Chinese officials have found traces of the new bird flu virus in more areas in Shanghai and in the nearby city of Hangzhou, news reports said on Saturday, as authorities slaughtered birds to stop the spread of the virus that has killed six people.
State-run Xinhua news agency said authorities planned to cull birds at the two live poultry markets in Shanghai and another in Hangzhou after samples of the H7N9 virus were detected in birds at all three sites.
Over 20,000 birds have been culled in the Huhuai market, where traces of the virus were found earlier this week.
Officials in Shanghai, China's financial hub, ordered all live poultry markets in the city closed on Saturday, leaving the food stalls empty and signs reading "The market is closed until further notice".
The new strain of bird flu has infected 16 people in China, all in the east of the country. Six people have died, and the outbreak has spread concern overseas and sparked a sell-off in airline shares in Europe and Hong Kong.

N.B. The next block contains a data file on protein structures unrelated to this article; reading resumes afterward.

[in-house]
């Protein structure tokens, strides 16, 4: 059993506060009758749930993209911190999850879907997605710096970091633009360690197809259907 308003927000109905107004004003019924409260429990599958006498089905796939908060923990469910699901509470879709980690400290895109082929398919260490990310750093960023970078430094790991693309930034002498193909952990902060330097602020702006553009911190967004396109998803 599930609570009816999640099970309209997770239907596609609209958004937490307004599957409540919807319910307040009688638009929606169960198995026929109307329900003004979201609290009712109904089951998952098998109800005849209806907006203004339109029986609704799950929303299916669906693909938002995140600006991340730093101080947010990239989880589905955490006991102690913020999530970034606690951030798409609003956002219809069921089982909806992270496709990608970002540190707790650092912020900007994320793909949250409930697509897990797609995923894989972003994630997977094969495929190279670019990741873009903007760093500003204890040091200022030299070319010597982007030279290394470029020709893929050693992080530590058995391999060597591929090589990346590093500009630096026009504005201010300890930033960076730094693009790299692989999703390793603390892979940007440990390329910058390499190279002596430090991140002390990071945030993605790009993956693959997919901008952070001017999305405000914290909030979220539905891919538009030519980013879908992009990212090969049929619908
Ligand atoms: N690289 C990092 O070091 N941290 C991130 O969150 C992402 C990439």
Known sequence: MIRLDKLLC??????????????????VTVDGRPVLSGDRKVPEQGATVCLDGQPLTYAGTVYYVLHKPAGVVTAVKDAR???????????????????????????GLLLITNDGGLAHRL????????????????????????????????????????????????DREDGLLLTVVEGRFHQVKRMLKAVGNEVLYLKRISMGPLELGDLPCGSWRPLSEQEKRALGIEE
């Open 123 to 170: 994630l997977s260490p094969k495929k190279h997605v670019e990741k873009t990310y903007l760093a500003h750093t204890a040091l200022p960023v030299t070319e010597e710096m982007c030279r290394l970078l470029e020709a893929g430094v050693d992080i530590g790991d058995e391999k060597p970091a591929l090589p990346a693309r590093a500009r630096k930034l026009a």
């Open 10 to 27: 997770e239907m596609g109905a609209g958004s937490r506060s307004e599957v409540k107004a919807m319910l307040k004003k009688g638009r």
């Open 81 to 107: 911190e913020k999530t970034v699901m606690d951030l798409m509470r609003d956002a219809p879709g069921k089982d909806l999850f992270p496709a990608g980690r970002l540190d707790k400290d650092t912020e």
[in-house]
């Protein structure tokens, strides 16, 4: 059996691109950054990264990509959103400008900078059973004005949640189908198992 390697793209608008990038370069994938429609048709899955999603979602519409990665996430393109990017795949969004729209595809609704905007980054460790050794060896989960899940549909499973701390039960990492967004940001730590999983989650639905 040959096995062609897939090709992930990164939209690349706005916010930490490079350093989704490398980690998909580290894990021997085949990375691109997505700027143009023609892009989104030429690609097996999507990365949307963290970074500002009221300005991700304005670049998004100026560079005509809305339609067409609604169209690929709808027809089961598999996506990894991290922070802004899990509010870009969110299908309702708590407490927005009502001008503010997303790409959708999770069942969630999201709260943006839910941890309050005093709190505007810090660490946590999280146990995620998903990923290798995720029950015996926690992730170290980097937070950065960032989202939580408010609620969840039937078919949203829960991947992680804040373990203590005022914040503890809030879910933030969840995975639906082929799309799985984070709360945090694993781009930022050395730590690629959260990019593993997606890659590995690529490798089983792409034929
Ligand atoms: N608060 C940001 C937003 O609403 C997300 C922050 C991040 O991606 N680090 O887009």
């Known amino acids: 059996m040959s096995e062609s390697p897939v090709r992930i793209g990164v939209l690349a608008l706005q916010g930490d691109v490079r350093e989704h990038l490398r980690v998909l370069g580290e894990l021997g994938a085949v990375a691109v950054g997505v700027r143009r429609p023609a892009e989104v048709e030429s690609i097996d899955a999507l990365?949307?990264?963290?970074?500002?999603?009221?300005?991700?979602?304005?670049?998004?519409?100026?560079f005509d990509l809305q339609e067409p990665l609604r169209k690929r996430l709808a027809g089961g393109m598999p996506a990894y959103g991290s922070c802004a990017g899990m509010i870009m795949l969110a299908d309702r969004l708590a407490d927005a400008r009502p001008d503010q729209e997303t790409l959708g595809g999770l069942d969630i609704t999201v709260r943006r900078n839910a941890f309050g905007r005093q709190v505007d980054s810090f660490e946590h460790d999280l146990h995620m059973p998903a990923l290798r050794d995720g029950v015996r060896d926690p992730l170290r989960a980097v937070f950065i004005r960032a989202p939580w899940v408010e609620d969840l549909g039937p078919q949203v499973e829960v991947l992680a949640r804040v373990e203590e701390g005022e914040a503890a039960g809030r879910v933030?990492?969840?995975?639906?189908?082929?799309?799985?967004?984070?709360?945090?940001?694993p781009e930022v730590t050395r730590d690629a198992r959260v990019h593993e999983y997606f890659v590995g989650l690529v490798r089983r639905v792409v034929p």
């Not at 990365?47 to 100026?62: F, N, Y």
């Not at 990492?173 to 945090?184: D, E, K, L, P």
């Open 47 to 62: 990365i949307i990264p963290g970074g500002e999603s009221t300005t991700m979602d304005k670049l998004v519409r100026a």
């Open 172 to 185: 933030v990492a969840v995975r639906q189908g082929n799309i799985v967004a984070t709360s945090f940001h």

There were no signs of panic in Shanghai, where four of the six deaths have taken place, and people said they were not yet worried. But the culling, which has been widely publicised, did underline for some how close to home the issue had become.
"Now it's just downstairs," said Liu Leting, a user of Weibo, China's version of Twitter which has over 500 million users.
"Suddenly I discover that I'm living in an epidemic zone!"
In one middle price-range restaurant in a the city, a waitress said that the restaurant planned to stop serving chicken dishes because of the outbreak.
"After we sell out the chicken in stock, we will not buy new chicken and will stop serving chicken dishes for the time being," said the waitress, who declined to be named.
While the strain does not appear to be transmitted from human to human, authorities in mainland China and Hong Kong said they were taking extra precautions.
"I support shutting down poultry markets. If the poultry markets stayed open, the virus would continue to spread," Shanghai resident Zhao Juying told Reuters.
Hong Kong's government said it is intensifying surveillance of travelers and poultry coming into the city.
China and Hong Kong were badly hit by the 2002-2003 epidemic of Severe Acute Respiratory Syndrome (SARS) that started in China and killed about one-tenth of the 8,000 it infected worldwide.